Addiction is a disease that not many people truly understand. Unfortunately, it is still viewed by millions as ‘poor life choices’ or ‘lack of will power’, but that is simply not true. Addiction is a disease in the brain, and it must be viewed as such.
In Support of Charlie Sheen, His Addictions, His Family and His Health
In a time like this is it important to focus on breaking the stigma of these diseases, and bring to light the good that can come of events such as these.
I think I can certainly speak for many people when I say that we are 100 per cent behind you and are inspired by you. Please know that your words of experience, strength and hope will help many other people suffering from HIV and addictions feel a little less alone. Because of what you have said, because of your fearlessness in de-stigmatising your illness, others who are anonymous, unknown, and in fear will identify with you and take courage. Surely this brings us closer as a society to living realistically with HIV which is now of course, a treatable illness — as is addiction.
On a more general note, and building on what Charlie and his doctor had to say about his co-occurring addiction issues, we need to respond to those who would have us believe that both HIV and addiction should be a source of shame. That includes the individuals who attempted to blackmail Charlie. Let us point out that whilst these illnesses may seem ostensibly to be the result of a person’s individual actions and choices — this is a misleading way of looking at it.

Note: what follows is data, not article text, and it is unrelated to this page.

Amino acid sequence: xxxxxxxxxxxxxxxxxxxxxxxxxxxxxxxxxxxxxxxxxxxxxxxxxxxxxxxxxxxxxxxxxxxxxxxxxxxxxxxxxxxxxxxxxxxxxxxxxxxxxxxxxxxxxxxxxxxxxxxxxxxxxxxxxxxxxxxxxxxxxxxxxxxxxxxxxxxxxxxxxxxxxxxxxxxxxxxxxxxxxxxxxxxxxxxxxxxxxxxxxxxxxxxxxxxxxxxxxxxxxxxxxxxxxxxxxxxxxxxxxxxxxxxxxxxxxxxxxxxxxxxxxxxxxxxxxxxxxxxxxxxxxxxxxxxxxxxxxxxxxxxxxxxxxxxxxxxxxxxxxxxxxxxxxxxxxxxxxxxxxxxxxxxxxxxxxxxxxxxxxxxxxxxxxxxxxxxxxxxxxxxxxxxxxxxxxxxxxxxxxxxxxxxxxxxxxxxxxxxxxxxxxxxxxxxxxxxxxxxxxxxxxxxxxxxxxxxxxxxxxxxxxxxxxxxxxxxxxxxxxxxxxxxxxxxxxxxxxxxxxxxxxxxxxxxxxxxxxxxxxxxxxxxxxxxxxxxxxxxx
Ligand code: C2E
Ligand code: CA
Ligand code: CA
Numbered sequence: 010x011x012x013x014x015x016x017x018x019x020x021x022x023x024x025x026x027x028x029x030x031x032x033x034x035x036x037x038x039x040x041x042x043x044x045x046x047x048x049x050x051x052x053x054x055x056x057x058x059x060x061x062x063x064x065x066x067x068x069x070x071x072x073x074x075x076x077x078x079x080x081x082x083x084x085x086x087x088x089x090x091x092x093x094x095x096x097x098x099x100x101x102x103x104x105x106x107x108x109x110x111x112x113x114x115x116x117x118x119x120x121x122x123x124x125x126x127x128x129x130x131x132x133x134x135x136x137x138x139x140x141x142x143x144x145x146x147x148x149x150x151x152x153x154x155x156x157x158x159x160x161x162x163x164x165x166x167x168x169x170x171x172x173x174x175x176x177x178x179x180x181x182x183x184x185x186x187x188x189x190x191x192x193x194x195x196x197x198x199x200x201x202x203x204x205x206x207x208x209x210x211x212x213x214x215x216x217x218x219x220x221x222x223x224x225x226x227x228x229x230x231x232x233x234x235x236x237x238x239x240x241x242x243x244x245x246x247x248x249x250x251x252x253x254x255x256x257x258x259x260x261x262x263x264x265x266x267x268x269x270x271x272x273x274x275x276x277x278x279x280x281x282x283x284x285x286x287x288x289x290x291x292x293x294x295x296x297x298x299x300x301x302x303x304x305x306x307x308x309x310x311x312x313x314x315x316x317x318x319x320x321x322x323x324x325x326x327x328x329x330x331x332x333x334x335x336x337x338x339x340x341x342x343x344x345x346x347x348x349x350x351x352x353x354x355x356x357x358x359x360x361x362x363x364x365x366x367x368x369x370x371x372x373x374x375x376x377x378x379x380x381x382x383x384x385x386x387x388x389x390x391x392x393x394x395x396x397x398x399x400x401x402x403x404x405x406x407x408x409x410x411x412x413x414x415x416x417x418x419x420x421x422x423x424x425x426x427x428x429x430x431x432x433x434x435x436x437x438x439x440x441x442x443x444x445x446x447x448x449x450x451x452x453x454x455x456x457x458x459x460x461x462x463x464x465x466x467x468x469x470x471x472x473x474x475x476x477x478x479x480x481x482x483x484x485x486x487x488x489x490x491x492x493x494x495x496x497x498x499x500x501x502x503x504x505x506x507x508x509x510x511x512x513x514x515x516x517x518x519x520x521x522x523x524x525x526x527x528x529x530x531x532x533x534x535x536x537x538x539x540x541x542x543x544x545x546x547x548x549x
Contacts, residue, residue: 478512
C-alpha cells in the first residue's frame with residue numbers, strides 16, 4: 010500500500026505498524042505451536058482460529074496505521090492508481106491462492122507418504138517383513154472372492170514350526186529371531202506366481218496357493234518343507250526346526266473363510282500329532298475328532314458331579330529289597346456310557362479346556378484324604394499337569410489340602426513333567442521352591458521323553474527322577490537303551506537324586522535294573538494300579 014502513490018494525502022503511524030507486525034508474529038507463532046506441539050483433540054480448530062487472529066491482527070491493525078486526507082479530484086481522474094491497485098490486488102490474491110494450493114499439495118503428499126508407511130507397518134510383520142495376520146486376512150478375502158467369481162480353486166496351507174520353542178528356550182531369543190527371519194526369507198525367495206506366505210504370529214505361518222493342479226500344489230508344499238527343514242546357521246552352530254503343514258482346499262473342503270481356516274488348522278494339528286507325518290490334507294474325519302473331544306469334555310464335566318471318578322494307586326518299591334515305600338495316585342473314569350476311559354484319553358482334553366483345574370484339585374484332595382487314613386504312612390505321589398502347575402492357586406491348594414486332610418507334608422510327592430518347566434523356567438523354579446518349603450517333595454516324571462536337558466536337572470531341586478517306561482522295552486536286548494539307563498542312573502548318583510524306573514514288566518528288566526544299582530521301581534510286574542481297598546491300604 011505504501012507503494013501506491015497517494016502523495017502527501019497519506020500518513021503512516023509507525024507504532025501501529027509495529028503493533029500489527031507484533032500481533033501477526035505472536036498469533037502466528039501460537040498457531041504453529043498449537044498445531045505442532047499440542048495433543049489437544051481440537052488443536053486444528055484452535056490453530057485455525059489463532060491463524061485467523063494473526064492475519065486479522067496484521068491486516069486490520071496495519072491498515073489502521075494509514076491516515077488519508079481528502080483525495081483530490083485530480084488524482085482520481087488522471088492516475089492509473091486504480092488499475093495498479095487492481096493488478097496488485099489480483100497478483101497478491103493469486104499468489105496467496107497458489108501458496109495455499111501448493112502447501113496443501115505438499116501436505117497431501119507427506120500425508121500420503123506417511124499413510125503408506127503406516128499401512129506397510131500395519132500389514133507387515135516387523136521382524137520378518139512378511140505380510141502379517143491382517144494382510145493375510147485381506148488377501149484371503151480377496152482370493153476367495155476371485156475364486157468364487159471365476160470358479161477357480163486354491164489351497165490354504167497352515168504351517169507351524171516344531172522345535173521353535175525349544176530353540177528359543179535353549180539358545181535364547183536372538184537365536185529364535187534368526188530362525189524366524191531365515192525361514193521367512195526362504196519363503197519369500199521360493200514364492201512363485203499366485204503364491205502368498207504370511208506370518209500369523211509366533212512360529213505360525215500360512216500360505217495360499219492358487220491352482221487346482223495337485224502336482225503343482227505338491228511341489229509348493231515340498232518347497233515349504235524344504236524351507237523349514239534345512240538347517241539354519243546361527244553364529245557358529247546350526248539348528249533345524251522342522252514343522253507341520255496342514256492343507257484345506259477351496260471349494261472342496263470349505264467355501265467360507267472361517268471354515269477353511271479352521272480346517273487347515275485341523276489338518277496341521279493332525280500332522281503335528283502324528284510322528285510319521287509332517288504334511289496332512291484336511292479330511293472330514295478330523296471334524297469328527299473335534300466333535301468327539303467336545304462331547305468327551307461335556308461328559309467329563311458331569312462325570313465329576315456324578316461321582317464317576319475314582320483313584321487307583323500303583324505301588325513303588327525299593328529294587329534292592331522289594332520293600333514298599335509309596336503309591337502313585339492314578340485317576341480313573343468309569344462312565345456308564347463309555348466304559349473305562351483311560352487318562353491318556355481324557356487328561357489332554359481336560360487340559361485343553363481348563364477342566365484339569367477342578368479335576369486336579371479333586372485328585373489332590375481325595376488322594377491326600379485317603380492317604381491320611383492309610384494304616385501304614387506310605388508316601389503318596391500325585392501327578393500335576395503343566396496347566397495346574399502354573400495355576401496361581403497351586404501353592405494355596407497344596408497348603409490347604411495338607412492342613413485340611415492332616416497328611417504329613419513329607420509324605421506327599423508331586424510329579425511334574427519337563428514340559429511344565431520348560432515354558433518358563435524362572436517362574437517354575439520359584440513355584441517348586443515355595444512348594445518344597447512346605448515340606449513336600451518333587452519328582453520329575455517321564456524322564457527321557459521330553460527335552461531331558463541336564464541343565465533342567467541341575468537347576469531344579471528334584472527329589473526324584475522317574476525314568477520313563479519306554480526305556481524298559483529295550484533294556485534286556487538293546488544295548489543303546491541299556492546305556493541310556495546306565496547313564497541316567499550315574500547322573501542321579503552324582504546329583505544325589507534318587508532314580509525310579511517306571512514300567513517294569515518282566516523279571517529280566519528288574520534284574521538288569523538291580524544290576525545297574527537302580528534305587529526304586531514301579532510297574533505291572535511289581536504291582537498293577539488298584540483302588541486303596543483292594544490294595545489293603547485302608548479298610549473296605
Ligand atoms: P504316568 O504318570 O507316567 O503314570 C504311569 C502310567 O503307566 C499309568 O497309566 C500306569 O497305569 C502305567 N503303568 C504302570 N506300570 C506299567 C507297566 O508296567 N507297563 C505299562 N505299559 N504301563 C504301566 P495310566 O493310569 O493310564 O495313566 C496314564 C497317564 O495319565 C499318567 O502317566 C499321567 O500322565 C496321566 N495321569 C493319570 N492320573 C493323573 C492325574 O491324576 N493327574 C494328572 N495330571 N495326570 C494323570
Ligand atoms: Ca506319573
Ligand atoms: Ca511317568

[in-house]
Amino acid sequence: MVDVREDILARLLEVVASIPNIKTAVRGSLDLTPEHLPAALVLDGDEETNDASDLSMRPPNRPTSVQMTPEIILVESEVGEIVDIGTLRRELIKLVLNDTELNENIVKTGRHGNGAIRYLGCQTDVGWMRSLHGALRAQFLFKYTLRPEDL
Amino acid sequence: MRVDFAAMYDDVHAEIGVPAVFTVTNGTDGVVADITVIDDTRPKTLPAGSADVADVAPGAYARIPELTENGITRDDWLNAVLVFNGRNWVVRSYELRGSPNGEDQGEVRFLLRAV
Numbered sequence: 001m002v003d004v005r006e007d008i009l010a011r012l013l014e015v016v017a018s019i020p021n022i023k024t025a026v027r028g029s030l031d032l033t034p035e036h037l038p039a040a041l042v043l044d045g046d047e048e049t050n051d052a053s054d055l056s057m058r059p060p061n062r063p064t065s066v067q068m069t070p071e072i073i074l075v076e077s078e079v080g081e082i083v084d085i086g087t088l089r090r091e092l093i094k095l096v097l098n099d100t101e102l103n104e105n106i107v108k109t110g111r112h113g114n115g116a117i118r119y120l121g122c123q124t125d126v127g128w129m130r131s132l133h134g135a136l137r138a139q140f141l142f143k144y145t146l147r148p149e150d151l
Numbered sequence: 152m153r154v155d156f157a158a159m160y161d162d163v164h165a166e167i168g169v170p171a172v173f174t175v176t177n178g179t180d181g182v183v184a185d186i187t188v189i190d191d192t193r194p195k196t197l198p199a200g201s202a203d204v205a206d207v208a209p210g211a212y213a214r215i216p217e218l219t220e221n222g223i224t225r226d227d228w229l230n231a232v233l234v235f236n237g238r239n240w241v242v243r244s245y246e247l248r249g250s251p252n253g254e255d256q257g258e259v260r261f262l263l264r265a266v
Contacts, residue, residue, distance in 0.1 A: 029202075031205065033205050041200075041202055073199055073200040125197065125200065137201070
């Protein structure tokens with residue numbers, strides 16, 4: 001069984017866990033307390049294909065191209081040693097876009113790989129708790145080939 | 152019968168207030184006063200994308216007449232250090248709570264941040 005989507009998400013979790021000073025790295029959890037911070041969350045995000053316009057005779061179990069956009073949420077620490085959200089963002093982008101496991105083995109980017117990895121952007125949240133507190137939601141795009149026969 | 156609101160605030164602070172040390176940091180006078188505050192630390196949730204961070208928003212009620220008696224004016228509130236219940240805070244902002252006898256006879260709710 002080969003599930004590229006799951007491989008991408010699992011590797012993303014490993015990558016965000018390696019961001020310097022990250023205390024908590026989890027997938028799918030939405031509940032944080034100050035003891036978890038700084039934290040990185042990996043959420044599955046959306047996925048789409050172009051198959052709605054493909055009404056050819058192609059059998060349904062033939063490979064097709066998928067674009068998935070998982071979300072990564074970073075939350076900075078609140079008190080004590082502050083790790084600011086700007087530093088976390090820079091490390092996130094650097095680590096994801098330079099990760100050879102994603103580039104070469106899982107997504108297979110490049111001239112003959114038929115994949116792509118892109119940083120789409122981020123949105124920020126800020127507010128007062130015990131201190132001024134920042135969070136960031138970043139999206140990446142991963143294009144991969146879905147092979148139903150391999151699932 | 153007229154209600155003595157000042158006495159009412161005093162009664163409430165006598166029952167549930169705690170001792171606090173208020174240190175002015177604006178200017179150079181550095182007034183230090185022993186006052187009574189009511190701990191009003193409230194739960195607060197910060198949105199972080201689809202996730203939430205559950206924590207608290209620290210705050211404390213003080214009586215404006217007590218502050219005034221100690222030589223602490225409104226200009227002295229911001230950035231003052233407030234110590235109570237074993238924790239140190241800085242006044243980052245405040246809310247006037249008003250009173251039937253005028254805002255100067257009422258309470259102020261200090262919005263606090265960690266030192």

Addiction is a behavioural illness which contains about as much choice as deciding whether or not to take off a leg which is gangrenous. It is a frontal lobe pathology. In other words, that means that addiction affects a person’s forebrain, the seat of sensible decision making. It is an illness of poor decision making. If it was not, then tens of millions of people would not cause significant harm to themselves and their own children because we are just not wired that way. Humans are wired for survival and protection of their offspring, and so something has to go pretty wrong with that wiring to allow seriously self-destructive behaviour.
The neuro-chemistry for serious addiction issues is often (if not always) inherited, further reducing the culpability the moralists would like to spear us with. I’m not suggesting that sufferers of HIV and addiction should not take responsibility for their treatment. Of course they should. Just like diabetics — they have a chronic illness which left untreated may result in death.
What I am trying to say, is that we need to remove the moralising, stigmatising, ostracising and finger pointing when it comes to these illnesses. Until we do, the sufferers will live in fear — reducing their likelihood of treating them effectively and ultimately creating a society that cannot face the issue — elongating the pain and suffering in a way that is partly avoidable.
So Thank You Charlie, for sharing your pain and fear with us. You have done us a great service.
Alastair Mordey Programme Director, The Cabin Addiction Services Group